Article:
Emerging neurosurgical techniques offer potential breakthroughs in treatment of a growing spectrum of movement disorders and dementia (including Alzheimer?s disease, Tourette?s syndrome, autism, depression, and even obesity). These emerging surgical approaches extend the established success of deep-brain stimulation (DBS) in Parkinson?s disease by using novel electrode stimulators delivered trans-ventricularly to targets about the hypothalamus. While endoscopic approach provides reliable access to the ventricles, such access imparts a loss of cerebrospinal fluid (CSF) and brain shift up to ~10 mm in the very regions of interest for these novel DBS therapies. Therefore, realizing the benefit of such promising techniques requires advances beyond the state of the art in neuro-navigation. Moreover, the use of novel, directional electrodes in such techniques requires a means to guide and confirm stimulator placement. Especially in the early stages of development of such novel therapies, it is important to resolve uncertainties related to geometric precision in order to differentiate from underlying neurophysiology and other factors that may affect safety and outcome. We propose to develop and evaluate the following advances in intraoperative imaging, registration, and guidance to realize a platform for robot-assisted ventriculoscopic approach to deep-brain targets in a manner that overcomes conventional limitations of neuro-navigation and supports the emerging generation of novel DBS therapies:
(Aim 1) Develop high-quality intraoperative cone-beam CT (CBCT) using 3D image reconstruction methods that propel image quality beyond conventional limits of CBCT, providing image quality sufficient to drive deformable registration with preop MRI, precisely localize stimulator placement, and provide a check against complication / intracranial hemorrhage.
(Aim 2) Develop 3D-2D image registration methods to relate low-dose intraoperative radiographs with: (a) preop MRI for automatic patient registration; and (b) parametric models of DBS electrodes (including novel directional stimulators) for guidance and confirmation of stimulator placement with precision and accuracy beyond that of conventional tracking.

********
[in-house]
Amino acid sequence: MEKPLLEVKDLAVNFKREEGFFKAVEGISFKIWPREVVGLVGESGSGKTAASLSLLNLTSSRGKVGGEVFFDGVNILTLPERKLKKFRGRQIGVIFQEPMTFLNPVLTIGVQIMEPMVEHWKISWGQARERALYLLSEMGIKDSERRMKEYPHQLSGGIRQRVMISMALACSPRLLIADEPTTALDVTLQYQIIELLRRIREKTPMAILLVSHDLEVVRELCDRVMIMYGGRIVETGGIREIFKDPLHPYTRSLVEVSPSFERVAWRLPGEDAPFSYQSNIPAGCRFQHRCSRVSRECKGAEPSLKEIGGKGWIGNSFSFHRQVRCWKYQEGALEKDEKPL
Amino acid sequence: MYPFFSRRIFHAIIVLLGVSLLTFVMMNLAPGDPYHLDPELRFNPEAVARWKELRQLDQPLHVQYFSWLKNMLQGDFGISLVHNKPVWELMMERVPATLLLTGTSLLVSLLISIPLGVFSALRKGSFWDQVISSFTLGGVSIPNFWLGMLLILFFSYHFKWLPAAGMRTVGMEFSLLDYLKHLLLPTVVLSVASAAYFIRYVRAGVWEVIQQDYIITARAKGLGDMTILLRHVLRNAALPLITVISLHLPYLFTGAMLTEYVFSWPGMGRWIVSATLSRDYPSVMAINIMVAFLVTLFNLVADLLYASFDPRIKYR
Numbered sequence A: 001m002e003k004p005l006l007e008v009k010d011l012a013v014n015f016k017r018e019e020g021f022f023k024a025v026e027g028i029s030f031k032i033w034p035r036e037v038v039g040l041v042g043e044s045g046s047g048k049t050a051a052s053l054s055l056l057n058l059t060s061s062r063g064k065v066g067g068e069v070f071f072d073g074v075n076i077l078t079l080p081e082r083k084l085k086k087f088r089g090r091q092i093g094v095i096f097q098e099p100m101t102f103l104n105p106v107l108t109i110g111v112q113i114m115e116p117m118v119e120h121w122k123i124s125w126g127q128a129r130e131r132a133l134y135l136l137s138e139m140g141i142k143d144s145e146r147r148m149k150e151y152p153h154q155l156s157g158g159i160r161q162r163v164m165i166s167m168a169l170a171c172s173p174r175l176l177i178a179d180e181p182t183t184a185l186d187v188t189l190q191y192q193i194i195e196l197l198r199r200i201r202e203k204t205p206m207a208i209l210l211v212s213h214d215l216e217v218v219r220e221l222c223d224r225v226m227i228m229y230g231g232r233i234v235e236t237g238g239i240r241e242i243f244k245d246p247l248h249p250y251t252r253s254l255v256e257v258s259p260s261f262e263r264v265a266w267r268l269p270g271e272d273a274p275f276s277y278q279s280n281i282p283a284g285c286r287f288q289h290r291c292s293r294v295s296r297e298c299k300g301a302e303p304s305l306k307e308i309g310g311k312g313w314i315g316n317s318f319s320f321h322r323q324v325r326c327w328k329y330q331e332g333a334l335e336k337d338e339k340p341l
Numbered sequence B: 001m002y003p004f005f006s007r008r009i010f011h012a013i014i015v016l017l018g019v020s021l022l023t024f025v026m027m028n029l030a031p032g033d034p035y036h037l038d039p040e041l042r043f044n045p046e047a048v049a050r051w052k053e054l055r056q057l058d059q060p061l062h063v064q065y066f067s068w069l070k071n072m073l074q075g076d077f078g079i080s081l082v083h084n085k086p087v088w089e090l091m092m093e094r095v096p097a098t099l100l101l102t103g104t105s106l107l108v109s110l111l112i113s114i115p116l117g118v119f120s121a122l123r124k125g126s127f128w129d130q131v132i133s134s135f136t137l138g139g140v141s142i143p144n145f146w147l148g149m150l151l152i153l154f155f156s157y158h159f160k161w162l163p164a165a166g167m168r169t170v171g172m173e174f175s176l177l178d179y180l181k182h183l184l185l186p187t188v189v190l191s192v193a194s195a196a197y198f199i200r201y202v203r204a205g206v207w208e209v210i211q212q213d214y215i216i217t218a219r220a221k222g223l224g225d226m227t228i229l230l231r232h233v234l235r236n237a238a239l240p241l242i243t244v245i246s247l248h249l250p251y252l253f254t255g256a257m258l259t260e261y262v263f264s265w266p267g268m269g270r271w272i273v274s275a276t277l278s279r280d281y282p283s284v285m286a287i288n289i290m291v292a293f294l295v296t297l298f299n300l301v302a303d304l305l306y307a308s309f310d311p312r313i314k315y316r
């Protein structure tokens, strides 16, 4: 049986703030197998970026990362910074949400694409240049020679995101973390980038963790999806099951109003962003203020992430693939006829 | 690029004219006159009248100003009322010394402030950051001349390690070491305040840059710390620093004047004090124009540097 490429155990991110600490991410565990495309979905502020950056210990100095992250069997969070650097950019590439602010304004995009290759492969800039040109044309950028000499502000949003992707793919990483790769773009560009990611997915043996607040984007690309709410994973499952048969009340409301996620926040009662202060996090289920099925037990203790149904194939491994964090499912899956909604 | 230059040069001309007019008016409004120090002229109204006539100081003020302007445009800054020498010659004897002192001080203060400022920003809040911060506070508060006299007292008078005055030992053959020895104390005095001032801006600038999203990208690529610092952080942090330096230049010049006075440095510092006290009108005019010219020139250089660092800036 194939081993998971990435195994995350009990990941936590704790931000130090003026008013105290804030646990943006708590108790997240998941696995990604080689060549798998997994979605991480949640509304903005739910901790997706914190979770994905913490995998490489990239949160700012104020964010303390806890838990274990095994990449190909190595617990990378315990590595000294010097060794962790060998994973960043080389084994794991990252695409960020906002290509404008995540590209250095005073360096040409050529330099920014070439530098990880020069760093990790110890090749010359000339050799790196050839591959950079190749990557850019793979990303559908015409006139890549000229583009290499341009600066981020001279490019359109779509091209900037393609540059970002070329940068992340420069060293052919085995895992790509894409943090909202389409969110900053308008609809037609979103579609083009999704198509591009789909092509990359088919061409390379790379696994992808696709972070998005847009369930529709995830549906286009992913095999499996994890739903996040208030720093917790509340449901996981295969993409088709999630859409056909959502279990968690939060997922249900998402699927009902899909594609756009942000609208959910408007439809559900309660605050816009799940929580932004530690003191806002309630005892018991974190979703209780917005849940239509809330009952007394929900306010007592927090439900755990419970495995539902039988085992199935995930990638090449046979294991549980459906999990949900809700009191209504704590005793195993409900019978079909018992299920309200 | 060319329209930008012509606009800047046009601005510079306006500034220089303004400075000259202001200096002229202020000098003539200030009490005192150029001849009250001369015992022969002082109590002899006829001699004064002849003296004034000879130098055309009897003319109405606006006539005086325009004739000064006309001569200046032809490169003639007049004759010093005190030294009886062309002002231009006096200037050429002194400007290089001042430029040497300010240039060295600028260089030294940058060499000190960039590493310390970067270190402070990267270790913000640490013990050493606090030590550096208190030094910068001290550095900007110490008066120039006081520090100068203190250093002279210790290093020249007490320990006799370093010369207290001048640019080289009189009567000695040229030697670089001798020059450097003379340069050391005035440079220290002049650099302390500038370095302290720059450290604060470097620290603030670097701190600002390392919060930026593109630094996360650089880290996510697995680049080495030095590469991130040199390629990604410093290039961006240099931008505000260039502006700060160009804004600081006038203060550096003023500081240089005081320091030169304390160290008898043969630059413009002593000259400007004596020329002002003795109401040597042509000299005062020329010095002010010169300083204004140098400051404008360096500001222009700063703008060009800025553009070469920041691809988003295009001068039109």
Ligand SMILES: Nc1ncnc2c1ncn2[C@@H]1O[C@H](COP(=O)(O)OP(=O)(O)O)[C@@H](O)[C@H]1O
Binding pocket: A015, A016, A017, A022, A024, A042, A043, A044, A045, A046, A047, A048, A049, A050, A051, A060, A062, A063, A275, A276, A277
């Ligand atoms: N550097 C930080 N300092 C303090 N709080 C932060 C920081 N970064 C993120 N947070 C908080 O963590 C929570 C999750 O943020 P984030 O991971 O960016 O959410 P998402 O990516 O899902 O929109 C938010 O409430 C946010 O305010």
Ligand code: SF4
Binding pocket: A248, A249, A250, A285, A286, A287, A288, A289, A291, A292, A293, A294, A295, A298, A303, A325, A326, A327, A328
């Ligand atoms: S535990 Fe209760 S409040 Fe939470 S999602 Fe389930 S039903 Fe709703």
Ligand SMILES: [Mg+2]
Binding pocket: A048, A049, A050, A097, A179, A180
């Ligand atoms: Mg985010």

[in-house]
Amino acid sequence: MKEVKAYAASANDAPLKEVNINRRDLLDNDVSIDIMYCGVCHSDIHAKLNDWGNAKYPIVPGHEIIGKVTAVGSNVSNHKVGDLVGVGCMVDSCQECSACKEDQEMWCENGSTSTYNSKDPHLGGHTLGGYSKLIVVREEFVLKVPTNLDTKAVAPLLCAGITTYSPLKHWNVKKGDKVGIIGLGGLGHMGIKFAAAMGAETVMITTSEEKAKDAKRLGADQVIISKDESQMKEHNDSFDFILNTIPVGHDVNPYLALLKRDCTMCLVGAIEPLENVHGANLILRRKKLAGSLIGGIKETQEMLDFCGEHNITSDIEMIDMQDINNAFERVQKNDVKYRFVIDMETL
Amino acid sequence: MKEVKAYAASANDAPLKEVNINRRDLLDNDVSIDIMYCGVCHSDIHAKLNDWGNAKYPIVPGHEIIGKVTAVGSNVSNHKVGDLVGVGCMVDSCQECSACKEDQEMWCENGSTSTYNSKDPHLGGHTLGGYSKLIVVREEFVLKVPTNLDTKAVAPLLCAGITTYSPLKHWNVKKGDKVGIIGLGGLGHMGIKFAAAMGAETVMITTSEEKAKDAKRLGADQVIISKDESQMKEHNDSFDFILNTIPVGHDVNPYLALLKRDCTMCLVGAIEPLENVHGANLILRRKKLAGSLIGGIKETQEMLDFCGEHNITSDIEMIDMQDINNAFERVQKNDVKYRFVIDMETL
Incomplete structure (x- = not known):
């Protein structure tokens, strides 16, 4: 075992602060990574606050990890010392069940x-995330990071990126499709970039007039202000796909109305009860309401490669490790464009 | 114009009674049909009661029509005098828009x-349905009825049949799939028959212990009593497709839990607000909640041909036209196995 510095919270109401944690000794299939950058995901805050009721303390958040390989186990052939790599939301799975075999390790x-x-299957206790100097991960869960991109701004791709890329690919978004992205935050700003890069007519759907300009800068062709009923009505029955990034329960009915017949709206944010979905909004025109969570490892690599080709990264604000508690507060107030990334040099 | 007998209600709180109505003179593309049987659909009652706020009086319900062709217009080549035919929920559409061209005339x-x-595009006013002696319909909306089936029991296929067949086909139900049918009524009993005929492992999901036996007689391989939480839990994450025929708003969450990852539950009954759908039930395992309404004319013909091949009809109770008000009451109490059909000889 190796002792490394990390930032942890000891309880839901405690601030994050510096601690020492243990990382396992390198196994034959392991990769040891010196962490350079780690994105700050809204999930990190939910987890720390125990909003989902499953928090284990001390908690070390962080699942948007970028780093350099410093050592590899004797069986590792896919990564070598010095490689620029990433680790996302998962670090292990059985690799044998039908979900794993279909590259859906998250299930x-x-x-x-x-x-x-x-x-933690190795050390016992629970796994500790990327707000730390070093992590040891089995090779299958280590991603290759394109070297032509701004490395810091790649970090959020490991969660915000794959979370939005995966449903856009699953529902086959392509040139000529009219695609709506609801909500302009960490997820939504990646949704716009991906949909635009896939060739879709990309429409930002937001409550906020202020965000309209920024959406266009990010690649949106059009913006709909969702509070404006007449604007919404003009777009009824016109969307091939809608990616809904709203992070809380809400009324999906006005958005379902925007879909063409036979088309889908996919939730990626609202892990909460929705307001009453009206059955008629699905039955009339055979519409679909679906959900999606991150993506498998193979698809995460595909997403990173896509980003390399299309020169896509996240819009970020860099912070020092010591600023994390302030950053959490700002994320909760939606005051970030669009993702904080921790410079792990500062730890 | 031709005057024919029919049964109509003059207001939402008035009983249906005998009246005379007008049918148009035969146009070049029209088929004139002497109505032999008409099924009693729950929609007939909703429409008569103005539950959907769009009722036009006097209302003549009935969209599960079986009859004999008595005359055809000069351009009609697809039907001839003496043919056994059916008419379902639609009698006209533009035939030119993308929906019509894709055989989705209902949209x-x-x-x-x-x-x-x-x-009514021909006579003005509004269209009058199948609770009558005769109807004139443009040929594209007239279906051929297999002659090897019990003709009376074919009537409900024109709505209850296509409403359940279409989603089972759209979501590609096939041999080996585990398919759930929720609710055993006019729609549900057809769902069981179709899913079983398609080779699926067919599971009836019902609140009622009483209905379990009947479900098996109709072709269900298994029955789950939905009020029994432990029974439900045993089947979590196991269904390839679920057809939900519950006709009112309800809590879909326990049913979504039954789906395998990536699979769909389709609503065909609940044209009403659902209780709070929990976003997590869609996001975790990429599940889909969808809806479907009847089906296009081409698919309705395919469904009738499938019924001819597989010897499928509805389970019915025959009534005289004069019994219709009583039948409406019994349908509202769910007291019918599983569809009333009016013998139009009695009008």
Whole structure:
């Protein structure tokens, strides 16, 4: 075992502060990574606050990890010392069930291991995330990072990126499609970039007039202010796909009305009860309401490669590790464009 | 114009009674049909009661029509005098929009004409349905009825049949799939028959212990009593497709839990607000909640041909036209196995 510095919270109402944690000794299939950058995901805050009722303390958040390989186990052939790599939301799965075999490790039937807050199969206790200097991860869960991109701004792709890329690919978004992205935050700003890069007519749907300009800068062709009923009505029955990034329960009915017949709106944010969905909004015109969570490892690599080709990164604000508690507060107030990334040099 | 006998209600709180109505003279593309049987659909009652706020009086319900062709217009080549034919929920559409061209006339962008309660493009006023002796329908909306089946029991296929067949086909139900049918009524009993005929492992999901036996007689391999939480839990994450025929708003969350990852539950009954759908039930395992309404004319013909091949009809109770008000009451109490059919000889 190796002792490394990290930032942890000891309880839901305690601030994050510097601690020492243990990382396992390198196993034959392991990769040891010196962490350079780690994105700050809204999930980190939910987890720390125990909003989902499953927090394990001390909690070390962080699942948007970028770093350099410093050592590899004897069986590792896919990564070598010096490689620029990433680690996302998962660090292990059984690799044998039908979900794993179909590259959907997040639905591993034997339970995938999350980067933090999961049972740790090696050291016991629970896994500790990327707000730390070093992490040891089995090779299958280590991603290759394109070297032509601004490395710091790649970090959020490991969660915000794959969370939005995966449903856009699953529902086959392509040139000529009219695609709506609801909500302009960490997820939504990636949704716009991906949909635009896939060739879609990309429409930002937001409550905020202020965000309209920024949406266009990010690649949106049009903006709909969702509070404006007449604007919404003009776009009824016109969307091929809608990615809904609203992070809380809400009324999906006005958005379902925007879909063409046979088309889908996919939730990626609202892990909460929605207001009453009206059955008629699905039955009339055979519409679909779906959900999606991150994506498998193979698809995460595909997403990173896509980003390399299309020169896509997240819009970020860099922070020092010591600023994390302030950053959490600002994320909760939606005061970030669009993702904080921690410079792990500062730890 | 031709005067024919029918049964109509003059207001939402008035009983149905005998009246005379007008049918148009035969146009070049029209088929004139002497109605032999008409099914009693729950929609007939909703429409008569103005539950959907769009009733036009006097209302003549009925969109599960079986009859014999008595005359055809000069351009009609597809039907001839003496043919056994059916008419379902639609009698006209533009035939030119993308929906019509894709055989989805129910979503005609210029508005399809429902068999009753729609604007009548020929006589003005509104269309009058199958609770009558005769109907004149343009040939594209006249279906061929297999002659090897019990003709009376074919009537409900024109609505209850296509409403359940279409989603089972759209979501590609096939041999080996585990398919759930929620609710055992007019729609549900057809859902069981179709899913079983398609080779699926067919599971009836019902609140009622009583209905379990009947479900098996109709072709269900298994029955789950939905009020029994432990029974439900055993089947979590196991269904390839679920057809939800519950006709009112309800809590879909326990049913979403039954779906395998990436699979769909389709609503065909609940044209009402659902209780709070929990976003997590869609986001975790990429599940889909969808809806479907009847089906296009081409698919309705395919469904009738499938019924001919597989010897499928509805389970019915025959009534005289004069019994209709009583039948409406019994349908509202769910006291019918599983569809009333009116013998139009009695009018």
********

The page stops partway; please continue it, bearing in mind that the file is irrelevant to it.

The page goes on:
(Aim 3) Develop multi-modality deformable image registration (MR-CBCT) to resolve alignment between preop MRI and intraoperative CBCT ? particularly peri-ventricular deep-brain deformation following CSF egress ? using a fast, modality- insensitive, diffeomorphic Demons method for accurate transformation of MRI / planning data to CBCT and endoscopy.
(Aim 4) Develop endoscopic video registration to render 3D image and planning information directly in the endoscopic scene, providing accurate visualization of target and critical structures during ventriculoscopic approach.
(Aim 5) Translate the methods from Aims 1-4 to clinical studies for quantitative evaluation of performance under realistic conditions, and combine within an integrated system for robot-assisted ventriculoscopy (RAV) approach to DBS targets. The proposal advances previous work in skull base and spinal neurosurgery, offering a high likelihood of success in enabling next-generation DBS, and creates an integrated system for image-guided surgical robotics beyond the state of the art ? a valuable testbed for development and translation of clinical systems under future academic-industry partnership.

Public Health Relevance

Emerging neurosurgical techniques seek to deliver novel deep-brain stimulators for treatment of a spectrum of neurological movement disorders and dementia, and endoscopic approach offers optimal access to targets. Conventional neuro-navigation suffers unresolved geometric error (up to 10 mm) from deep-brain deformation, and the current state of the art therefore does not meet the high degree of targeting accuracy required in these emerging techniques. This research advances imaging and registration methods to resolve deformation, provide accurate guidance, render targets directly in endoscopic video (even beyond the visible surface of the ventricle), verify stimulator placement, and give a check on complications (with opportunity to revise if necessary). Individual advances are translated for the first time to clinical studies and combined in an integrated prototype for image- guided, robot-assisted, trans-ventricular delivery of next-generation deep-brain stimulation (DBS).

National Institute of Health (NIH)
National Institute of Neurological Disorders and Stroke (NINDS)
Research Project--Cooperative Agreements (U01)
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Special Emphasis Panel (ZRG1)
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Hudak, Eric Michael
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Johns Hopkins University
Biomedical Engineering
Schools of Medicine
United States
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